Pierre, SD – The South Dakota House of Representatives voted on Tuesday to launch a probe to determine whether South Dakota Attorney General Jason Ravnsborg should be impeached after he pleaded guilty to running over and killing a pedestrian.
A majority of the Republican-led State House of Representatives voted to have a committee investigate and prepare a report with recommendations for what to do about the state’s highest-ranking law enforcement official, NBC News reported.
The committee handling the investigation is made up of seven Republicans and two Democrats, a combination of Ravnsborg’s supporters and biggest critics.
The investigation is expected to take weeks, NBC News reported.
The state constitution allows that elected officials like the attorney general can be impeached for “corrupt conduct, malfeasance or misdemeanor in office.”
However, no state official in South Dakota has ever been impeached and committee members joked that they’re not entire sure how to do it, NBC News reported.
“Our first meeting is literally to sit down, go through the constitution, go through case law, to get an idea,” South Dakota State House Speaker Spencer Gosch said.
The tragic incident occurred on Sept. 12, 2020 while 55-year-old Joseph Boever was walking down the side of U.S. Highway 14 carrying a light, according to the crash report.
Boever had crashed his truck into a ditch on the side of that road earlier in the evening and gotten a ride home from his cousin, NBC News reported.
Later that night, Boever was walking back to his truck to get something when he was fatally struck by a truck driven by the attorney general.
Ravnsborg contacted the Hyde County Sheriff’s Office and told them he thought he had hit a deer, according to NBC News.
He said that he and the sheriff walked around and looked on the side of the road together but did not find anything, The Washington Post reported.
The attorney general returned to the crash scene with his chief of staff in the morning and they found Boever’s dead body on the side of the road.
The crash report said that Ravnsborg was “distracted” when his car went onto the shoulder of the highway and hit the pedestrian at 67 mph, NBC News reported.
The state released videos of two three-hour-long interviews that detectives conducted with Ravnsborg after Boever’s body was found.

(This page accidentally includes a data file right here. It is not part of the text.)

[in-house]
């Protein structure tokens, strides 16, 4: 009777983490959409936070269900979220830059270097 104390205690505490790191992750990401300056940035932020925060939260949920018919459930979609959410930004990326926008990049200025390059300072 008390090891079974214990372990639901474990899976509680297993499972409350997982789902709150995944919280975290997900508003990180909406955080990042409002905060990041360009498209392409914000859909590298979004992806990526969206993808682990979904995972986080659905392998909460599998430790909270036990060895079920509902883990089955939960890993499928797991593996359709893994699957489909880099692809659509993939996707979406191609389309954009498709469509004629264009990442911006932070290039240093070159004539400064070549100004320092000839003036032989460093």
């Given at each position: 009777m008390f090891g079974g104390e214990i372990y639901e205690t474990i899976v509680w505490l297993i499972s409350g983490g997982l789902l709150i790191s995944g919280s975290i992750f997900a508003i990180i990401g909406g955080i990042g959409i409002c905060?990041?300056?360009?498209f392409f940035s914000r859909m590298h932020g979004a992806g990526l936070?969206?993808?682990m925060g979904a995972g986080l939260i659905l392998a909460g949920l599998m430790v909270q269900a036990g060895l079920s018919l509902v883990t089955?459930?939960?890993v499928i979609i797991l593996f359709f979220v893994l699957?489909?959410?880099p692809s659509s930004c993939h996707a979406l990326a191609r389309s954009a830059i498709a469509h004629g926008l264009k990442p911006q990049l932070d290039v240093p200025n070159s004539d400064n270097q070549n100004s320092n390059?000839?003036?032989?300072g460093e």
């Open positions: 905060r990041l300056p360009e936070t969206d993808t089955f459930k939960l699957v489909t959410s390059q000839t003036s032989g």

The video showed that detectives had told the attorney general that Boever’s reading glasses had been found inside his 2011 Ford Taurus, The Washington Post reported.
“They’re Joe’s glasses, so that means his face came through your windshield,” a detective told Ravnsborg in the video.
The attorney general continued to deny that he had any idea he’d struck a person.
“His face was in your windshield, Jason,” the detective said. “Think about that.”
Ravnsborg said in the video he hadn’t seen the broken glasses in the car or on Boever, The Washington Post reported.
He claimed he hadn’t seen “anything” that night, but detectives argued that Boever had been carrying a big flashlight.
South Dakota Governor Kristi Noem, a Republican, called for the attorney general’s resignation after the details of the interviews with the detectives became public, the Argus Leader reported.
Later in the day, South Dakota House GOP members convened a closed-door meeting.
Afterwards, they announced that two articles of impeachment had been filed against Ravnsborg by his own party, the Argus Leader reported.
But in March, South Dakota’s House of Representatives voted to put the brakes on the impeachment process until after the criminal investigation and trial had played itself out, CBS News reported.
In August, Ravnsborg pleaded no contest to making an illegal lane change and using a phone while driving, NPR reported.
Each misdemeanor charged carried a possible maximum sentence of up to 30 days in jail and a $500 fine.
Circuit Judge John Brown fined the South Dakota attorney general $500 for each count, plus court costs of $3,742, according to NPR.
Brown also granted a request from Boever’s family and ordered Ravnsborg to “do a significant public service event” near the anniversary of his death for the next five years.
Ravnsborg released a statement after he was sentenced that blamed “partisan opportunists” who exploited the situation and “manufactured rumors, conspiracy theories and made statements in direct contradiction to the evidence all sides agreed upon,” NPR reported.
After the criminal process was concluded, state lawmakers began to gin up the impeachment process again and took the formal next step with the creation of the investigation committed on Nov. 9.
The lawmaker who first called for the attorney general’s impeachment, South Dakota State Representative Will Mortenson, has pushed to make the findings of the investigation public, NBC News reported.
“This is unprecedented in state history, which means we need to be thoughtful,” Mortenson said. “And keep in mind the public, the family of any victims here and the subject of impeachment as well.”